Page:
AMONG the other gifts it may bring to the Imran Khan camp, the victory in Gilgit-Baltistan (GB) could help PTI overcome some of the anxiety so evident in the recent statements of its members right up to the prime minister. The PTI government needed this break in momentum.
The prime minister and his spokespersons were manoeuvred into entering a frenzied pitch by opposition leaders. A couple of opposition leaders found GB, where their parties discovered their political fortunes in recent years, to be a happy campaign ground, even if everyone knew that the scope of electoral success was limited.
Of these two, Maryam Nawaz persists with her campaign. Considering the difference in approach, she is more likely to feel the urge of launching a public protest movement in the coming days than fellow fortune-seeker and some-time ally Bilawal Bhutto-Zardari.
But as she takes up the difficult task of building up sentiments for the next stage of protest, perhaps a march on Islamabad, it was quite noticeable how Prime Minister Imran Khan was in Faisalabad and attempting some necessary adjustments to his speech. This was perhaps partly because he and his chosen chief minister of Punjab haven’t been heard talking in and about Pakistan’s third largest city. Let us hope this was also due to a realisation that Pakistanis were looking to their prime minister to give them something other than the ‘I will not give them NRO’ line.
For once the PM offered the press headlines that did not bay for the opposition’s blood.
In Faisalabad on Wednesday, both Imran Khan and Chief Minister Usman Buzdar offered the press headlines which didn’t have the government baying for the opposition’s blood. This was a relief after the cacophony in the name of political interaction in recent weeks.
There was repetition in the prime minister’s address. There were contentious points, such as his reported support for high court benches in all divisions, which could well have been a result of a simplistic parallel drawn between grassroots administration and the dispensation of justice at the local level.
It could be argued that the PTI has taken too long to build strategies for creating wealth and jobs, and Mr Khan’s ‘revelations’ about the merits of an empowered local government run by a mayor who has authority cause little excitement now. Yet it was good that an effort seemed to have been made to not provide the opposition leaders the satisfaction of believing that the prime minister had them on his mind that winter day.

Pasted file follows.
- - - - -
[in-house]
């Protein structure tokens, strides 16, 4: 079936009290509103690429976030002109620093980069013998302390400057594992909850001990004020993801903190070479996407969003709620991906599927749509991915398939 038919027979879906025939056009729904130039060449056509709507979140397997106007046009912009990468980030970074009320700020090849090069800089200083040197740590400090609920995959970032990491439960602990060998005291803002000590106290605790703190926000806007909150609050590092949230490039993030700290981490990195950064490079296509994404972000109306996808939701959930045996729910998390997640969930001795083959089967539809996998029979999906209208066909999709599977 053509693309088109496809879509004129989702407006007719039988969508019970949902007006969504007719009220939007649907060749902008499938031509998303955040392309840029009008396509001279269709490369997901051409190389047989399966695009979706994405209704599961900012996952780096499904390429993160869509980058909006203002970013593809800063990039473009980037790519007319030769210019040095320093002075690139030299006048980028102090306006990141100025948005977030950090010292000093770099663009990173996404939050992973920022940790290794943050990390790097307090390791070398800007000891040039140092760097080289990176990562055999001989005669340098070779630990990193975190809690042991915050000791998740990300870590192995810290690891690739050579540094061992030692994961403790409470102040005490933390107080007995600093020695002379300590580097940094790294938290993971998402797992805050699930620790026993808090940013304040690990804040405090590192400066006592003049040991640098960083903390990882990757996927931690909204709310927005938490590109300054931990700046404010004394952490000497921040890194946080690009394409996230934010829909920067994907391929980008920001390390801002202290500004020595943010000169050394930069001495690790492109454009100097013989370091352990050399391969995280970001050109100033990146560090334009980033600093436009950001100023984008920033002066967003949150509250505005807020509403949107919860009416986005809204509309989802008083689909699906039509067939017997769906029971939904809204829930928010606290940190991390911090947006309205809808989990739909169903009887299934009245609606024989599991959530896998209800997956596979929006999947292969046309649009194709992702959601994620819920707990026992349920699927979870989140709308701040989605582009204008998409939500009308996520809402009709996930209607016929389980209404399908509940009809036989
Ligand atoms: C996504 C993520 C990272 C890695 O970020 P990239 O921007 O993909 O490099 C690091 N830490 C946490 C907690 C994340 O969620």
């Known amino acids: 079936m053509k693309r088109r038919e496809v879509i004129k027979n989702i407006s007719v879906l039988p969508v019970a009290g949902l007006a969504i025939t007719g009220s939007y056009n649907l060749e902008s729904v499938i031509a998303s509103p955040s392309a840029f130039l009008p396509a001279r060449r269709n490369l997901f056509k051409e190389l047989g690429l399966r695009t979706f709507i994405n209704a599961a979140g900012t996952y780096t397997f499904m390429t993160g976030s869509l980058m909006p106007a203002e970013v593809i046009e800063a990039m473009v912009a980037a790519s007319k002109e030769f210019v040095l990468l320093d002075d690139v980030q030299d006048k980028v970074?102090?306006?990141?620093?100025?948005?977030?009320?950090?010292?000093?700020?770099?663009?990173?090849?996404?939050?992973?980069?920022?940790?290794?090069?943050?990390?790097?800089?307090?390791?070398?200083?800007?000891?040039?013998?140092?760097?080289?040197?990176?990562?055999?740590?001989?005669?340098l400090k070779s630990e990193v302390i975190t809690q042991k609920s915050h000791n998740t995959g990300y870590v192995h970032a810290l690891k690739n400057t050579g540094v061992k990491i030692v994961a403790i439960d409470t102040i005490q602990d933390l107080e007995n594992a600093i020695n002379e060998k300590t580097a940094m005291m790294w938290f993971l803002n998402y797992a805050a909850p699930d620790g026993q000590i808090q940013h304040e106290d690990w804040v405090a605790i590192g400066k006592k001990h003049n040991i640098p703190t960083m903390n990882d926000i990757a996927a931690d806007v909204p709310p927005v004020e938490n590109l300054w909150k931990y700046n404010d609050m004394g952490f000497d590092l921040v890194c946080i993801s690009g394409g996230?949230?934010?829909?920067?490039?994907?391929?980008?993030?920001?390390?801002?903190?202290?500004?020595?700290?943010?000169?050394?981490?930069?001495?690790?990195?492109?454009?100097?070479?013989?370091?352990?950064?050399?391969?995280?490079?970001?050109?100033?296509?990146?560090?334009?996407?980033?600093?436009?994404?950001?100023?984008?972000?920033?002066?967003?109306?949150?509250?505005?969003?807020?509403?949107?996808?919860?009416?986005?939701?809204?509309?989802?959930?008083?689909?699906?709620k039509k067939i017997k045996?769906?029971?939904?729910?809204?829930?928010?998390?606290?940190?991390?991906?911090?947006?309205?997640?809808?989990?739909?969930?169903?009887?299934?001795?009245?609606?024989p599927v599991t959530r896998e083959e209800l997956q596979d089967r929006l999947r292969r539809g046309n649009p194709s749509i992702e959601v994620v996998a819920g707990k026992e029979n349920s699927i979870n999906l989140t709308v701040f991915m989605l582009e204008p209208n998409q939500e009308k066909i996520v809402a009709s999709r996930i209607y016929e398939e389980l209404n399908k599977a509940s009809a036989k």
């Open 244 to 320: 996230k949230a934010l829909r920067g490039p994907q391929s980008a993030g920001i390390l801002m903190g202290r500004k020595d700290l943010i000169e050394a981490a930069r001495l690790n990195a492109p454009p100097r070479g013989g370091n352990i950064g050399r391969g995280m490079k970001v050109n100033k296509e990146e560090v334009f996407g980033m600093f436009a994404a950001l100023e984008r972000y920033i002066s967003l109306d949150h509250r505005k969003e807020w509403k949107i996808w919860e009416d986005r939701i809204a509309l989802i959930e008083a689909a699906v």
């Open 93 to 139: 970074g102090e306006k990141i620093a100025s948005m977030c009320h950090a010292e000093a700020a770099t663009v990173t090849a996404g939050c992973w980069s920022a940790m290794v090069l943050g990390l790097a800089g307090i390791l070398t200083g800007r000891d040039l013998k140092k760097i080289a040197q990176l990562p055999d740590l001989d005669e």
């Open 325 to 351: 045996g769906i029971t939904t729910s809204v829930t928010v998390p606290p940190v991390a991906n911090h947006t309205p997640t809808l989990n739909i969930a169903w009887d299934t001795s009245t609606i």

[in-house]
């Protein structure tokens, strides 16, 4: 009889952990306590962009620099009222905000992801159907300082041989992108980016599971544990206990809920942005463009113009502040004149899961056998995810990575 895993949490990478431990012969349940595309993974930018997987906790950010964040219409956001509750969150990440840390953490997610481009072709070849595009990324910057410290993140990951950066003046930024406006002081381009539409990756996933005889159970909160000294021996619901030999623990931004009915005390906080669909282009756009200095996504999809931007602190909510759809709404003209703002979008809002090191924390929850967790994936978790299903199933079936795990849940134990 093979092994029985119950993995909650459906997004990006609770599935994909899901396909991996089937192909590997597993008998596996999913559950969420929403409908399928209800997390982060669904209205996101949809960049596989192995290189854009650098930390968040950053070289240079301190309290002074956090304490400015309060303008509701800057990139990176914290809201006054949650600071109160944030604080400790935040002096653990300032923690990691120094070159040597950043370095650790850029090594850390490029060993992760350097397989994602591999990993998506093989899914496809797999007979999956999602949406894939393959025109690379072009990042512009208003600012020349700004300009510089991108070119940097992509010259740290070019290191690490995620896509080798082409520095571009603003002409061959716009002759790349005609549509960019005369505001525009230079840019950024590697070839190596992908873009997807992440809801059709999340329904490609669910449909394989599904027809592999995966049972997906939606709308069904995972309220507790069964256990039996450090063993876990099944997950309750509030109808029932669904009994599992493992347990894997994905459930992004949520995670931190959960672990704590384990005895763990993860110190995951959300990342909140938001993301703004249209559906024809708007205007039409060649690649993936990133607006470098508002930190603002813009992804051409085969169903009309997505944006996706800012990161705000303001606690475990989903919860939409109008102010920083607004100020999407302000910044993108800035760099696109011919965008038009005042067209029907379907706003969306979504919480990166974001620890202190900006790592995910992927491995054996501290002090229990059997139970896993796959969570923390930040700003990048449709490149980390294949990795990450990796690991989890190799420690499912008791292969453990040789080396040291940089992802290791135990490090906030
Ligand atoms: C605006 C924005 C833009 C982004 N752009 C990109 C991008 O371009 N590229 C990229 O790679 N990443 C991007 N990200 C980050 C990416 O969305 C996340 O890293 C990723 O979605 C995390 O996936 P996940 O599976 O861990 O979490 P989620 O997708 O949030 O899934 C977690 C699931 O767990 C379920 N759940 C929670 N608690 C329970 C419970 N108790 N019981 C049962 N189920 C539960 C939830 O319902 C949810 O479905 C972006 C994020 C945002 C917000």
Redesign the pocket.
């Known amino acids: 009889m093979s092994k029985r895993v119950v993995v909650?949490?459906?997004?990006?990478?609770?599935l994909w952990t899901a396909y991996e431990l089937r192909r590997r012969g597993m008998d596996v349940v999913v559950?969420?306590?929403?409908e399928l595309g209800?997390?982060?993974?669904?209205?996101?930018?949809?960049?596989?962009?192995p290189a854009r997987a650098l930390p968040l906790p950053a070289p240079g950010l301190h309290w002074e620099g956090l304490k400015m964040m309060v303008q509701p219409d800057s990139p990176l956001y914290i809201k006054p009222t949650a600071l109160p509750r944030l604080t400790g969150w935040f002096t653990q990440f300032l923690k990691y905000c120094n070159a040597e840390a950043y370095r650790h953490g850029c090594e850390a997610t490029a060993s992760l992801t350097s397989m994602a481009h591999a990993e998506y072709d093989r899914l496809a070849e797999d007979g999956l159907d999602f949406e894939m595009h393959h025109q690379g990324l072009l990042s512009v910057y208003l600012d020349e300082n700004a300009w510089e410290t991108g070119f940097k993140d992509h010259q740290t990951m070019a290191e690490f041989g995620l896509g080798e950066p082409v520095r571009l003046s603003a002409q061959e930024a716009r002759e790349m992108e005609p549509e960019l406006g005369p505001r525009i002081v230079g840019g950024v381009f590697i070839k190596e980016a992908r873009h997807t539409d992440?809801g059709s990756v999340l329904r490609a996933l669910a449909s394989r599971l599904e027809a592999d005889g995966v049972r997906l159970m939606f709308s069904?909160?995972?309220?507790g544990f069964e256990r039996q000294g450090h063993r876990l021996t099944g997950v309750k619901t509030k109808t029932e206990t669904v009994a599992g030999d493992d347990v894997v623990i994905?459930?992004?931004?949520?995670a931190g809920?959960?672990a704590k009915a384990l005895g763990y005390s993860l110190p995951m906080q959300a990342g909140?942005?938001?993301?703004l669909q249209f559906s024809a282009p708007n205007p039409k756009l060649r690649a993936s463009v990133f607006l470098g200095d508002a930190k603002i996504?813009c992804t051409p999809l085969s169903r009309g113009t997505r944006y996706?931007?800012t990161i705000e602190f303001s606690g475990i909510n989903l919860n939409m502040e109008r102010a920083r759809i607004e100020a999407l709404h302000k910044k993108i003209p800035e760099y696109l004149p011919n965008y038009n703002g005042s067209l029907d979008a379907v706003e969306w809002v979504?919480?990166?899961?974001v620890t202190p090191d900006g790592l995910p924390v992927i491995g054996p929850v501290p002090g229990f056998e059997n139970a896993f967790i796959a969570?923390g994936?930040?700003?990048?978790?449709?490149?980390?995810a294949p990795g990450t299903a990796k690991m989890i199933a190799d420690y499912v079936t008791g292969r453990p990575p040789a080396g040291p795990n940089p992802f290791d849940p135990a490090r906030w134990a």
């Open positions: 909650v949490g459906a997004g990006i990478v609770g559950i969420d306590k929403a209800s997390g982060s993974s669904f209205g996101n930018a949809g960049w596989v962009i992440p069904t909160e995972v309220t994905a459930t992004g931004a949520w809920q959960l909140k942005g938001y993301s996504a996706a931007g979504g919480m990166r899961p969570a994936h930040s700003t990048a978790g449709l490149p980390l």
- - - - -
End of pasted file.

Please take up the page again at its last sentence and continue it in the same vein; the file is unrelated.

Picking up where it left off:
This was a departure from prime ministerial statements given at a time of tense exchanges just before the GB poll. The tone of what the prime minister said and the accompanying gestures suggested that the opposition leaders were succeeding in their aim: putting him under pressure and extracting from him lines he had no business being associated with.
That the prime minister was giving out so many interviews to his television friends was telltale enough. It corroborated ‘impressions’ that the set-up in Islamabad was on the verge of making some drastic adjustments, if not undertaking a total rearrangement. Each time he said he won’t give an NRO, and each time someone from the PML-N replied ‘who is asking for an NRO?’, suppressed giggles could be heard in the crowd.
Pakistanis are sufficiently informed to know that it wasn’t the opposition politicians that his message was directed at. They know that his message was addressed at the same powerful people a prime minister before him blamed for throwing him out, lamenting ‘mujhey kyun nikala’.
In this particular case of tensions after the launch of the Pakistan Democratic Movement protest a few weeks ago, as the two refrains picked up, the focus was more on the indiscreet approach adopted by the ‘kyun nikala’ side led by Nawaz Sharif. Everyone was just too preoccupied in counting the risks of this new ‘narrative’ for the PML-N in the context of its relations with the establishment as also other political forces such as the PPP. This was very normal.
The truth is that the government had its own moments to betray the unease brewing inside. The clues to insecurity were reflected not least in the additional insights and perspectives Mr Khan probably felt compelled to share. Whatever these candid new paragraphs introduced in the conversation were intended to do, not all of them appeared to reinforce the image of a sincere, straightforward man with a knack for explaining and executing tough jobs in simple words.
As he strives to present a frank, relaxed picture of serious issues in everyday terms one remark about the Lahore city police chief in particular raised questions of whether he was being too casual. Not just that, since the matter concerned something personal, there was an understandable attempt at using the incident for political point-scoring.
At another point when tensions between the government and opposition was at the peak, Mr Khan was credited with coming up with a new definition of corruption as he discussed Chief Minister Buzdar. The definition didn’t quite match the synonyms given by countries where these notions were invented and from where we all have got our terminology and inspirations.
Imran Khan also allowed himself the luxury of a confession during the same uncertain phase, which he could have avoided. He admitted that he cannot prove that Nawaz Sharif is a ghaddar (traitor) even though he knew for a fact that Mr Sharif was one. This was an odd ending to a strain if you begin with where Mr Khan declared he was going to concentrate on the law to punish wrongdoers. It was also a vindication of those who say political battles are best fought in political arenas.
Maybe, just maybe, Faisalabad is going to be the start of a phase where NRO headlines are going to be less frequent.
The writer is Dawn’s resident editor in Lahore.
Published in Dawn, November 20th, 2020